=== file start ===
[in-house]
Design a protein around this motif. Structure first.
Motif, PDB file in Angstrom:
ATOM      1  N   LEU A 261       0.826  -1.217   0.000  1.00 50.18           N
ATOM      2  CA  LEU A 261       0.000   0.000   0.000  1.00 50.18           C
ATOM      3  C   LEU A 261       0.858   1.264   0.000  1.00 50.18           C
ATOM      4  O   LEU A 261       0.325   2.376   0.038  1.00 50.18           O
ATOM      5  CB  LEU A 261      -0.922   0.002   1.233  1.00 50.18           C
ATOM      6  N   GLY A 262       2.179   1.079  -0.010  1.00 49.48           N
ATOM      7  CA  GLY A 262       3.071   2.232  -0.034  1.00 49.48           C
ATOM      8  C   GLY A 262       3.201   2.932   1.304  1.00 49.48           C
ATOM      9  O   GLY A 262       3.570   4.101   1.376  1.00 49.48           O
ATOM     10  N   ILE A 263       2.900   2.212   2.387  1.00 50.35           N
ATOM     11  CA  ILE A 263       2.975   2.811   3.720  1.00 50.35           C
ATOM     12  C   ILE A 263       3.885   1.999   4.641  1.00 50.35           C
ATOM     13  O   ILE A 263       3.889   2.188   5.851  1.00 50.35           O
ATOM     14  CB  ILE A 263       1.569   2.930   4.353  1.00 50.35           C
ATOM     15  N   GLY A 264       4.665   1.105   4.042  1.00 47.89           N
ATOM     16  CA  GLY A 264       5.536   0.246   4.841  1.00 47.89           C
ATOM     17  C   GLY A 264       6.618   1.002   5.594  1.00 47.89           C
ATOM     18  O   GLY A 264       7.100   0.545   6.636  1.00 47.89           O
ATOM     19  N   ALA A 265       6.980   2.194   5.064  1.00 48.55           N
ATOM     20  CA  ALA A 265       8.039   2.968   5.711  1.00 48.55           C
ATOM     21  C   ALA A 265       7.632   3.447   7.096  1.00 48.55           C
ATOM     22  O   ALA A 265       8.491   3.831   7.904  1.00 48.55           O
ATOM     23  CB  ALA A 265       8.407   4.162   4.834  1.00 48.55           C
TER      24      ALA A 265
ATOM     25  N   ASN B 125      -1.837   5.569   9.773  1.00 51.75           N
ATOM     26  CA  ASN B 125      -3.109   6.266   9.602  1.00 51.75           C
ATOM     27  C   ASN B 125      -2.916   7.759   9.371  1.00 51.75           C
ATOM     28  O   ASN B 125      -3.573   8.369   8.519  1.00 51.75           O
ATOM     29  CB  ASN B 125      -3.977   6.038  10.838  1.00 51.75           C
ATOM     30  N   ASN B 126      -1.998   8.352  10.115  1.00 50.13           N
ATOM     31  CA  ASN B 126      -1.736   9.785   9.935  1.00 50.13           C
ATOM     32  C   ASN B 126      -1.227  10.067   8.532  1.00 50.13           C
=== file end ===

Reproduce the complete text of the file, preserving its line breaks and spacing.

[in-house]
Design a protein around this motif. Structure first.
Motif, PDB file in Angstrom:
ATOM      1  N   LEU A 261       0.826  -1.217   0.000  1.00 50.18           N
ATOM      2  CA  LEU A 261       0.000   0.000   0.000  1.00 50.18           C
ATOM      3  C   LEU A 261       0.858   1.264   0.000  1.00 50.18           C
ATOM      4  O   LEU A 261       0.325   2.376   0.038  1.00 50.18           O
ATOM      5  CB  LEU A 261      -0.922   0.002   1.233  1.00 50.18           C
ATOM      6  N   GLY A 262       2.179   1.079  -0.010  1.00 49.48           N
ATOM      7  CA  GLY A 262       3.071   2.232  -0.034  1.00 49.48           C
ATOM      8  C   GLY A 262       3.201   2.932   1.304  1.00 49.48           C
ATOM      9  O   GLY A 262       3.570   4.101   1.376  1.00 49.48           O
ATOM     10  N   ILE A 263       2.900   2.212   2.387  1.00 50.35           N
ATOM     11  CA  ILE A 263       2.975   2.811   3.720  1.00 50.35           C
ATOM     12  C   ILE A 263       3.885   1.999   4.641  1.00 50.35           C
ATOM     13  O   ILE A 263       3.889   2.188   5.851  1.00 50.35           O
ATOM     14  CB  ILE A 263       1.569   2.930   4.353  1.00 50.35           C
ATOM     15  N   GLY A 264       4.665   1.105   4.042  1.00 47.89           N
ATOM     16  CA  GLY A 264       5.536   0.246   4.841  1.00 47.89           C
ATOM     17  C   GLY A 264       6.618   1.002   5.594  1.00 47.89           C
ATOM     18  O   GLY A 264       7.100   0.545   6.636  1.00 47.89           O
ATOM     19  N   ALA A 265       6.980   2.194   5.064  1.00 48.55           N
ATOM     20  CA  ALA A 265       8.039   2.968   5.711  1.00 48.55           C
ATOM     21  C   ALA A 265       7.632   3.447   7.096  1.00 48.55           C
ATOM     22  O   ALA A 265       8.491   3.831   7.904  1.00 48.55           O
ATOM     23  CB  ALA A 265       8.407   4.162   4.834  1.00 48.55           C
TER      24      ALA A 265
ATOM     25  N   ASN B 125      -1.837   5.569   9.773  1.00 51.75           N
ATOM     26  CA  ASN B 125      -3.109   6.266   9.602  1.00 51.75           C
ATOM     27  C   ASN B 125      -2.916   7.759   9.371  1.00 51.75           C
ATOM     28  O   ASN B 125      -3.573   8.369   8.519  1.00 51.75           O
ATOM     29  CB  ASN B 125      -3.977   6.038  10.838  1.00 51.75           C
ATOM     30  N   ASN B 126      -1.998   8.352  10.115  1.00 50.13           N
ATOM     31  CA  ASN B 126      -1.736   9.785   9.935  1.00 50.13           C
ATOM     32  C   ASN B 126      -1.227  10.067   8.532  1.00 50.13           C